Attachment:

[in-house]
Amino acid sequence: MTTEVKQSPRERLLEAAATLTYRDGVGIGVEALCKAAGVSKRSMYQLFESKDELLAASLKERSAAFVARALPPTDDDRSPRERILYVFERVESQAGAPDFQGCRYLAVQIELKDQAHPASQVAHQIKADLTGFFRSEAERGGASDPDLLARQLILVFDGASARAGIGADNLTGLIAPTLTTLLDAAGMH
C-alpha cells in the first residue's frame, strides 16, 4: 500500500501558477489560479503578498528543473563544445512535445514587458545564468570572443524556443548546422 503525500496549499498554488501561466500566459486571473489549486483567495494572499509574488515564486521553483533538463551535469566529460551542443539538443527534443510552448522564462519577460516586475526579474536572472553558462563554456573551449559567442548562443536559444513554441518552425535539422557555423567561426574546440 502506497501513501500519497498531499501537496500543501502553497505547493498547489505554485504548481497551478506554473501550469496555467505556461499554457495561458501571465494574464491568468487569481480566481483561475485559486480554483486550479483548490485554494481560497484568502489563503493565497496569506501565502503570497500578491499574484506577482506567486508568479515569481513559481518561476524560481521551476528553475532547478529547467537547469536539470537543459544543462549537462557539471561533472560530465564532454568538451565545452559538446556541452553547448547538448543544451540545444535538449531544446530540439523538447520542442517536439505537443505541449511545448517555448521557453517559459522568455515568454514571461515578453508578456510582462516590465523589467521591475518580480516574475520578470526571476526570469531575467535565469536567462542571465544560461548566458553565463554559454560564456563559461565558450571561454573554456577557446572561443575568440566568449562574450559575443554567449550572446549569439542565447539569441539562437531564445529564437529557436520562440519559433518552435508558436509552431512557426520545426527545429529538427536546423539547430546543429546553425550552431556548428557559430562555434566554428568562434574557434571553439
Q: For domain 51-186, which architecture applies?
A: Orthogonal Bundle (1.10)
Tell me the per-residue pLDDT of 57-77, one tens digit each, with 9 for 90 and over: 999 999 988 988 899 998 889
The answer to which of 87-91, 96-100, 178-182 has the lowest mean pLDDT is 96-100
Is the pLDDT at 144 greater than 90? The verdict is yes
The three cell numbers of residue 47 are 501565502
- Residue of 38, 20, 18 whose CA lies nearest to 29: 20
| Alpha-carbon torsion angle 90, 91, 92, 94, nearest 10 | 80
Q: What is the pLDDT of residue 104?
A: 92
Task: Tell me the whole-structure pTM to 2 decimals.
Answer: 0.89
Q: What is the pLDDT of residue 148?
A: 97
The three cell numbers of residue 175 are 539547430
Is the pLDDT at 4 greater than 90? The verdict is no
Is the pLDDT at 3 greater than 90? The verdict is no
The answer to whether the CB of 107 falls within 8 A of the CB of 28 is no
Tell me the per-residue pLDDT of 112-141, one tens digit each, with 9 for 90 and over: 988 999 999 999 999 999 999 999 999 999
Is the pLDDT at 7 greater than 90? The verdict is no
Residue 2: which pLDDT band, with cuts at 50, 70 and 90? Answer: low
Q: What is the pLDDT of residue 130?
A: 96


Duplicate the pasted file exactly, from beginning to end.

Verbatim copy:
[in-house]
Amino acid sequence: MTTEVKQSPRERLLEAAATLTYRDGVGIGVEALCKAAGVSKRSMYQLFESKDELLAASLKERSAAFVARALPPTDDDRSPRERILYVFERVESQAGAPDFQGCRYLAVQIELKDQAHPASQVAHQIKADLTGFFRSEAERGGASDPDLLARQLILVFDGASARAGIGADNLTGLIAPTLTTLLDAAGMH
C-alpha cells in the first residue's frame, strides 16, 4: 500500500501558477489560479503578498528543473563544445512535445514587458545564468570572443524556443548546422 503525500496549499498554488501561466500566459486571473489549486483567495494572499509574488515564486521553483533538463551535469566529460551542443539538443527534443510552448522564462519577460516586475526579474536572472553558462563554456573551449559567442548562443536559444513554441518552425535539422557555423567561426574546440 502506497501513501500519497498531499501537496500543501502553497505547493498547489505554485504548481497551478506554473501550469496555467505556461499554457495561458501571465494574464491568468487569481480566481483561475485559486480554483486550479483548490485554494481560497484568502489563503493565497496569506501565502503570497500578491499574484506577482506567486508568479515569481513559481518561476524560481521551476528553475532547478529547467537547469536539470537543459544543462549537462557539471561533472560530465564532454568538451565545452559538446556541452553547448547538448543544451540545444535538449531544446530540439523538447520542442517536439505537443505541449511545448517555448521557453517559459522568455515568454514571461515578453508578456510582462516590465523589467521591475518580480516574475520578470526571476526570469531575467535565469536567462542571465544560461548566458553565463554559454560564456563559461565558450571561454573554456577557446572561443575568440566568449562574450559575443554567449550572446549569439542565447539569441539562437531564445529564437529557436520562440519559433518552435508558436509552431512557426520545426527545429529538427536546423539547430546543429546553425550552431556548428557559430562555434566554428568562434574557434571553439
Q: For domain 51-186, which architecture applies?
A: Orthogonal Bundle (1.10)
Tell me the per-residue pLDDT of 57-77, one tens digit each, with 9 for 90 and over: 999 999 988 988 899 998 889
The answer to which of 87-91, 96-100, 178-182 has the lowest mean pLDDT is 96-100
Is the pLDDT at 144 greater than 90? The verdict is yes
The three cell numbers of residue 47 are 501565502
- Residue of 38, 20, 18 whose CA lies nearest to 29: 20
| Alpha-carbon torsion angle 90, 91, 92, 94, nearest 10 | 80
Q: What is the pLDDT of residue 104?
A: 92
Task: Tell me the whole-structure pTM to 2 decimals.
Answer: 0.89
Q: What is the pLDDT of residue 148?
A: 97
The three cell numbers of residue 175 are 539547430
Is the pLDDT at 4 greater than 90? The verdict is no
Is the pLDDT at 3 greater than 90? The verdict is no
The answer to whether the CB of 107 falls within 8 A of the CB of 28 is no
Tell me the per-residue pLDDT of 112-141, one tens digit each, with 9 for 90 and over: 988 999 999 999 999 999 999 999 999 999
Is the pLDDT at 7 greater than 90? The verdict is no
Residue 2: which pLDDT band, with cuts at 50, 70 and 90? Answer: low
Q: What is the pLDDT of residue 130?
A: 96